Owing to the recent reports of outbreaks with fatalities from the Influenza Virus, the Caribbean Disaster Emergency management Agency Coordinating Unit (CDEMA CU) is submitting this Information Statement to its Participating States and partners in order to give the basic information regarding the virus as pronounced by Pan American Health Organisation/World Health Organisation (PAHO/WHO), the Centre for Disease Control (CDC) and the Caribbean Public Health agency (CARPHA).
In the Caribbean, the 2009 H1N1 influenza virus is the most commonly identified influenza virus circulating in the Region and according to health authorities this is not an unexpected finding.
Meanwhile, Ministries of Health in the Region are closely monitoring the situation and have put measures in place to provide information to the public for their protection and to minimise the spread of the H1N1 virus.
Within 2 weeks (25 September – 3 October) a total of 16 confirmed cases of the H1N1 Influenza Virus or Swine Flu have been reported in three (3) of the CDEMA Participating States — St. Vincent and the Grenadines, Barbados, and Trinidad and Tobago.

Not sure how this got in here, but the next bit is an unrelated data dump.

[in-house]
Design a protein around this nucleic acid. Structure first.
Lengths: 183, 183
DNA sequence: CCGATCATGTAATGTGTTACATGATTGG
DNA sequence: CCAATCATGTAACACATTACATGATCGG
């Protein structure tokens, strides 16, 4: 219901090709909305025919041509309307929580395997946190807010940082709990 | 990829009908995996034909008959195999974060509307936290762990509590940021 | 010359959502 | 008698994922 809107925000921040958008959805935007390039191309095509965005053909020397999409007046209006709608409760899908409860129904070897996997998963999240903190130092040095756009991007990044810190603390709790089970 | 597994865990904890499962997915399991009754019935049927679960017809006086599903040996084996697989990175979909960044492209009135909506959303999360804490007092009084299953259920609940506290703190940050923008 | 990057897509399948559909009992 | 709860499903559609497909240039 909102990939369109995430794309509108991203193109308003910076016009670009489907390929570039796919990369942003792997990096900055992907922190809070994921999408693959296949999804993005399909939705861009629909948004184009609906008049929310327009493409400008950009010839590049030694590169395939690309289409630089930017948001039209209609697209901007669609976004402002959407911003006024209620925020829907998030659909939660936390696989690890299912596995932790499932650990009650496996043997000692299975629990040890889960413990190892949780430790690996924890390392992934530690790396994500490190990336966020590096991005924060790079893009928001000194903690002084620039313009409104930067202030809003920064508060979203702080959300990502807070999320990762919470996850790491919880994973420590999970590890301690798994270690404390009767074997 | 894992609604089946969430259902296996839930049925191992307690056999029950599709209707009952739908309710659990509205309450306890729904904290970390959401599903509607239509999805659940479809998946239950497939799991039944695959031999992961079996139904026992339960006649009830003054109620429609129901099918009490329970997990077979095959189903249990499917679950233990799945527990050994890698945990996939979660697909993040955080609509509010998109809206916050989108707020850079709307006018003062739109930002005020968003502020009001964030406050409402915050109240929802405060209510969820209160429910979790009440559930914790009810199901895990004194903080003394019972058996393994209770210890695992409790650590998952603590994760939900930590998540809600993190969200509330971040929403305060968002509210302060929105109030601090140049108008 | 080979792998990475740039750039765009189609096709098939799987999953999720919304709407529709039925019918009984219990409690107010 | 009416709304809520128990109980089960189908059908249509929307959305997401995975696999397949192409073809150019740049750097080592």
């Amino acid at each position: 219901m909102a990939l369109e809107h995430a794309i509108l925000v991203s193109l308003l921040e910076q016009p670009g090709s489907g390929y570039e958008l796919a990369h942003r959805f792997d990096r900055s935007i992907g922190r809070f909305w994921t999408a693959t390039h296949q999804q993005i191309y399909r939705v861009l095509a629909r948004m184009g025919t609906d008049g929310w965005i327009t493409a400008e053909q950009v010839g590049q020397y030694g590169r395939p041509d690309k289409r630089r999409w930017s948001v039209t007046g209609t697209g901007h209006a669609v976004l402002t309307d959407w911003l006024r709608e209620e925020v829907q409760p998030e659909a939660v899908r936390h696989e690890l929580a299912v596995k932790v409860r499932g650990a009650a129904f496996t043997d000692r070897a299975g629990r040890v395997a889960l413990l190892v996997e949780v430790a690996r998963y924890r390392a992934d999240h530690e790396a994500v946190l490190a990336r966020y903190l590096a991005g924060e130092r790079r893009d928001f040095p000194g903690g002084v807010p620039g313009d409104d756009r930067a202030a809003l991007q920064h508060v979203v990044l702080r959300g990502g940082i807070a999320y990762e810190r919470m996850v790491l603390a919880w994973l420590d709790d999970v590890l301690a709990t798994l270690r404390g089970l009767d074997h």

Several concerns have been raised as a result of these reports, which included one (1) fatality in Barbados. This Information Statement seeks to inform on the signs, symptoms, and recommended treatments from the medical health professionals and to encourage public information campaigns to minimise the spread of the H1N1 Influenza in the CDEMA States.
3. What is seasonal influenza (flu)?
According to the United States centre for Disease Control (CDC), seasonal influenza, commonly called “the flu,” is caused by influenza viruses which infect the respiratory tract (i.e., the nose, throat, lungs). Unlike many other viral respiratory infections, such as the common cold, the flu can cause severe illness and life-threatening complications in many people. Some people, such as older people, young children, pregnant women, and people with certain health conditions, are at high risk for serious flu complications.